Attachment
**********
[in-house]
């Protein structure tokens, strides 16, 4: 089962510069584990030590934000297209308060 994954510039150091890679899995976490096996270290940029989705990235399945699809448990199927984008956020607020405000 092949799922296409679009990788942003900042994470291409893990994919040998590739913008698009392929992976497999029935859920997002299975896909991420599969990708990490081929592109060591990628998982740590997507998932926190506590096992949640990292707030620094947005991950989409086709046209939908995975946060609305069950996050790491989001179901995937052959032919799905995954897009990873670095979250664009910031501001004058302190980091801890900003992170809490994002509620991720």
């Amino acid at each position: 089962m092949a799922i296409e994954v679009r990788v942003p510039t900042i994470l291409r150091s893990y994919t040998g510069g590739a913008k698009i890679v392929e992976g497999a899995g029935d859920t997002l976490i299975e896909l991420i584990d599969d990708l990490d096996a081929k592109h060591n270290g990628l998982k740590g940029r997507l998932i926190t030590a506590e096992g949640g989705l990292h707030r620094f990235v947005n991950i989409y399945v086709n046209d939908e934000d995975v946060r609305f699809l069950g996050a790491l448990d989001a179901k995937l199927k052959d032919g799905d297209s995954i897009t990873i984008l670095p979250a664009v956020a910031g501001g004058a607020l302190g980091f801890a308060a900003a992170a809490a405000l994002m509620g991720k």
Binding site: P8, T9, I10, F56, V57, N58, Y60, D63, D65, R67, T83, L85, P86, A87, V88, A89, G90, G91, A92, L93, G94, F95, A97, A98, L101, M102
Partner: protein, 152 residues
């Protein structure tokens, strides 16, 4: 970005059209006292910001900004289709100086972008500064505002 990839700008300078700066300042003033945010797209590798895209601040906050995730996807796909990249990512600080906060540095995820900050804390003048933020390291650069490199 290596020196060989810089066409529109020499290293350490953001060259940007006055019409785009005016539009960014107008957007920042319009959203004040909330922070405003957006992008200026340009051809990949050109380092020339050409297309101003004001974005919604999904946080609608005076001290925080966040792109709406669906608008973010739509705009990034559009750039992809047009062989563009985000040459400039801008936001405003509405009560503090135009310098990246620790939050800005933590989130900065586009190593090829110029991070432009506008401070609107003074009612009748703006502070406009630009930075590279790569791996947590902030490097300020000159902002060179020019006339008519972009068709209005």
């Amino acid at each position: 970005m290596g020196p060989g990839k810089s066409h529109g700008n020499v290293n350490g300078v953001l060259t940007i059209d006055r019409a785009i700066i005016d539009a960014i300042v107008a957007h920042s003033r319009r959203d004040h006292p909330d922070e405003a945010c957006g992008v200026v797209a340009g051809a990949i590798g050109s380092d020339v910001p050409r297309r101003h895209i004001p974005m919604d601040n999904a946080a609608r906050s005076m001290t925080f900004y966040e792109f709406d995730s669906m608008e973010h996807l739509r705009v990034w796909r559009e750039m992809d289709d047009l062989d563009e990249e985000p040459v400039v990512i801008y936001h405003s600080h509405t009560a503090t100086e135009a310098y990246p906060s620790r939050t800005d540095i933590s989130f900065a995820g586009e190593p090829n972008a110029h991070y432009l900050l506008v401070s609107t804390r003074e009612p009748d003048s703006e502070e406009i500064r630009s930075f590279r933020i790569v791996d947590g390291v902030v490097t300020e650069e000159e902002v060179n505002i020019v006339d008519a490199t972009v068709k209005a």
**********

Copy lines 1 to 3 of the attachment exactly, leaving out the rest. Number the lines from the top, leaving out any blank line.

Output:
[in-house]
């Protein structure tokens, strides 16, 4: 089962510069584990030590934000297209308060 994954510039150091890679899995976490096996270290940029989705990235399945699809448990199927984008956020607020405000 092949799922296409679009990788942003900042994470291409893990994919040998590739913008698009392929992976497999029935859920997002299975896909991420599969990708990490081929592109060591990628998982740590997507998932926190506590096992949640990292707030620094947005991950989409086709046209939908995975946060609305069950996050790491989001179901995937052959032919799905995954897009990873670095979250664009910031501001004058302190980091801890900003992170809490994002509620991720």
């Amino acid at each position: 089962m092949a799922i296409e994954v679009r990788v942003p510039t900042i994470l291409r150091s893990y994919t040998g510069g590739a913008k698009i890679v392929e992976g497999a899995g029935d859920t997002l976490i299975e896909l991420i584990d599969d990708l990490d096996a081929k592109h060591n270290g990628l998982k740590g940029r997507l998932i926190t030590a506590e096992g949640g989705l990292h707030r620094f990235v947005n991950i989409y399945v086709n046209d939908e934000d995975v946060r609305f699809l069950g996050a790491l448990d989001a179901k995937l199927k052959d032919g799905d297209s995954i897009t990873i984008l670095p979250a664009v956020a910031g501001g004058a607020l302190g980091f801890a308060a900003a992170a809490a405000l994002m509620g991720k």